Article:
The story in today’s paper mentions a handful of ideas for correcting the racial imbalance in our schools, all attributed to unnamed officials:
* Establishing longer school days and longer school years for Smith and Charter Oak.
* Expanding student supervision from 6 a.m. to 6 p.m. by creating more before- and after-school programs.
* Launching a new magnet theme at Charter Oak. Officials say the global studies theme is outdated now that most schools offer expanded language education.
* Changing Charter Oak to a K-8 school whose appeal would be smaller class sizes and programs for gifted and talented students. The school, like Smith, currently serves pre-kindergarten through fifth grade.
* Working with the state and the Children’s Museum to build a new, regional magnet elementary school that would reserve a majority of its spots for West Hartford students, but also draw pupils from the whole Hartford region. School officials say the state would pay 95 percent of the costs for such a project.
* School officials also must weigh what to do with Norfeldt. Several officials questioned how much longer the north-end school, which serves a nearly 80 percent white population, and a significant population of special-needs students, will continue to offer its magnet program.
I’m especially intrigued with the Children’s Museum option, given that it needs to move and putting the new building in Elmwood would serve a variety of useful purposes. If it could be tied to a new school, so much the better (though I wouldn’t want to see the existing Charter Oak School abandoned because it’s a gem).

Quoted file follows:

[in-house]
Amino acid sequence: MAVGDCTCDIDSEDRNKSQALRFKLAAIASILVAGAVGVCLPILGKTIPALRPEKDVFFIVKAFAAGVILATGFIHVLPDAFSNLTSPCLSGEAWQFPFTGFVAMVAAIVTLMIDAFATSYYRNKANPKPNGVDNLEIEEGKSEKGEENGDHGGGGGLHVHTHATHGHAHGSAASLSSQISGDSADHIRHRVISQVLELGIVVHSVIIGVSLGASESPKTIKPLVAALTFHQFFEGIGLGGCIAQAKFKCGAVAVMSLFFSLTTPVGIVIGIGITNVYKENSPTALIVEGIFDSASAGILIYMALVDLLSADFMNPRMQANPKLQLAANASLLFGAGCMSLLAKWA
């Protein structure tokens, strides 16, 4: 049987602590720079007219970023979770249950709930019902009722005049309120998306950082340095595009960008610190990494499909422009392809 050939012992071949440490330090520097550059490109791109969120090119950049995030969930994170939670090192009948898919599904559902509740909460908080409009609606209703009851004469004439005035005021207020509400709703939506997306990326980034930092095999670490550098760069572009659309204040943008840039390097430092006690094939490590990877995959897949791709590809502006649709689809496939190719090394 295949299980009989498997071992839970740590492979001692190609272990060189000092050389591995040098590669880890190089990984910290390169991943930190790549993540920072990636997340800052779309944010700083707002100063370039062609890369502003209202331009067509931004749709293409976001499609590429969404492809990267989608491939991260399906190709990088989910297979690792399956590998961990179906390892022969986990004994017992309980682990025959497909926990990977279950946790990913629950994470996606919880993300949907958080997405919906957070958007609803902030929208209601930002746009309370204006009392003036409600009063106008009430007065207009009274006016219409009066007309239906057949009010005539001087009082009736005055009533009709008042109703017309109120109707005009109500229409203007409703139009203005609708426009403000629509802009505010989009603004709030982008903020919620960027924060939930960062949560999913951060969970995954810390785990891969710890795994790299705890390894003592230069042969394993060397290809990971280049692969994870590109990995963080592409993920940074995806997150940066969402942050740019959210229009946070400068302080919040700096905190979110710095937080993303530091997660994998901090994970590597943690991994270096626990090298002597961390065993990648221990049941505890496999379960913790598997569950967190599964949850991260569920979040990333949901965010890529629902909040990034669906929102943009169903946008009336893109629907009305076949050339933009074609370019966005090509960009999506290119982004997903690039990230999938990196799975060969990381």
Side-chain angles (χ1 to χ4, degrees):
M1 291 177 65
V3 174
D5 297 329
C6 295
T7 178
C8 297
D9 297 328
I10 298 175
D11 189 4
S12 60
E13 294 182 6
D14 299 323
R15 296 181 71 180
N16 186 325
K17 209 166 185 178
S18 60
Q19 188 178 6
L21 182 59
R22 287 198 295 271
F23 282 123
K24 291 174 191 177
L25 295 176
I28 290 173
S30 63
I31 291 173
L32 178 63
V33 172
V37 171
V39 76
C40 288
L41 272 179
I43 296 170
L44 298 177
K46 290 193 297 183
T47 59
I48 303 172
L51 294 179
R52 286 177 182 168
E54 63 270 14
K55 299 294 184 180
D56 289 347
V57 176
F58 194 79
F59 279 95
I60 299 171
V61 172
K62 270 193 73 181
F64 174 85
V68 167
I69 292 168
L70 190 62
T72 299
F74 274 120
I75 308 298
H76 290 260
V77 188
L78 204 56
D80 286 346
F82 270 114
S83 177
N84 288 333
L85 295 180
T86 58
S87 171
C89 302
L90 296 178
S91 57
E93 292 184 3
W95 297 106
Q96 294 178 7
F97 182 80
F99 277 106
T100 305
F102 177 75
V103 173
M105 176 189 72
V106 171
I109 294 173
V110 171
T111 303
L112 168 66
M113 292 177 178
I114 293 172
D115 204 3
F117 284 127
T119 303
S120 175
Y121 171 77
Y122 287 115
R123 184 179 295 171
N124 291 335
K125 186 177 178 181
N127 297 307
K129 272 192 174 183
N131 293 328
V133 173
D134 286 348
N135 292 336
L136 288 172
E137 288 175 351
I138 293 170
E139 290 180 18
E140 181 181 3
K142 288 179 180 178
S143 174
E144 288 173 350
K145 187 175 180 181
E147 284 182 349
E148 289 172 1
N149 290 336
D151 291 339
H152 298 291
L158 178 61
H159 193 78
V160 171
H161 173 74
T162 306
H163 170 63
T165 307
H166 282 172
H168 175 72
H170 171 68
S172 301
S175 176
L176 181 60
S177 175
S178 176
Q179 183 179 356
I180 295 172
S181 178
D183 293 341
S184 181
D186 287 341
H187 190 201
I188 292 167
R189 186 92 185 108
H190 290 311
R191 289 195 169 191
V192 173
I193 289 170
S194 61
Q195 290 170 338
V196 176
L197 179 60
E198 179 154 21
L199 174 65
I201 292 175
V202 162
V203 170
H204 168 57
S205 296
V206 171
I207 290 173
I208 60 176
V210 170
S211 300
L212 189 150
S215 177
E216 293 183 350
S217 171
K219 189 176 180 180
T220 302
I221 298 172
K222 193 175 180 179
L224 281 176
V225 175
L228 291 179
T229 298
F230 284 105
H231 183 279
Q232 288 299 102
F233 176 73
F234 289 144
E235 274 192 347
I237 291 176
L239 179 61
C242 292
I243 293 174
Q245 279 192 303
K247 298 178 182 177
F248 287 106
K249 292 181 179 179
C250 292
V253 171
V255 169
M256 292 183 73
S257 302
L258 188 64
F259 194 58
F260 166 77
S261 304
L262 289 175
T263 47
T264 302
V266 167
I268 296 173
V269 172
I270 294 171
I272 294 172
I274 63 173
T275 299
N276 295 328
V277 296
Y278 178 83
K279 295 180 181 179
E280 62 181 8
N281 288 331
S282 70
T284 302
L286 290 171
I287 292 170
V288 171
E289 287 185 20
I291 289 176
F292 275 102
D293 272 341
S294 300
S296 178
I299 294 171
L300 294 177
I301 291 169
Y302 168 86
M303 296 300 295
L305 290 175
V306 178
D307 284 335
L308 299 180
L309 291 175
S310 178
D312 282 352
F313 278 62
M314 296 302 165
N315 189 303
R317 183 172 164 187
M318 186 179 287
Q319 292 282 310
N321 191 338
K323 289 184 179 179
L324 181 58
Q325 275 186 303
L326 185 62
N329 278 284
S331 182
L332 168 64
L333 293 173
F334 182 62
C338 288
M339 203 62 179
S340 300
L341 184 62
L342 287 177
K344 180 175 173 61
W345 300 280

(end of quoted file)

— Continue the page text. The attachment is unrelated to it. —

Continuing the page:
An Andover resident has been appointed interim director of The Children’s Museum in West Hartford.
Hank Gruner of Andover was named to the post on Friday following the recent retirement of Edward J. Forand Jr., who was the museum’s president and chief executive officer, a news release said.
Gruner has been with the museum, formerly known as the Science Center of Connecticut, since 1984. He most recently served as vice president of programs and exhibits and had the responsibility for leading the museum’s future planning efforts, the release said.
“Hank Gruner is the heart and soul of the museum, with many years of experience in museum management and programming,” said Howard Shafer, museum board chairman. “We are fortunate to have a professional of his caliber on staff to continue the ongoing operations of The Children’s Museum.”
Along with Gruner’s leadership skills and the talented expertise of the staff, the museum is in a strong position to move forward, Shafter said.
He also said that the museum is commencing a search for a new executive director.
Gruner is a renowned Connecticut biologist and has more than 20 years of experience as a herpetologist conducting field research and working with local, state, and regional planning agencies on the conservation of amphibians and reptiles.
Gruner serves as the biodiversity coordinator for Connecticut programs under the auspices of the Wildlife Conservation Society. He also serves as coordinator for the statewide Connecticut Amphibian Monitoring Project.
Gruner has been recognized by the state Department of Environmental Protection, the Connecticut chapter of the Nature Conservancy, and the Garden Club of America for his contributions to conservation and education.
He received his bachelor of science degree from the University of Connecticut.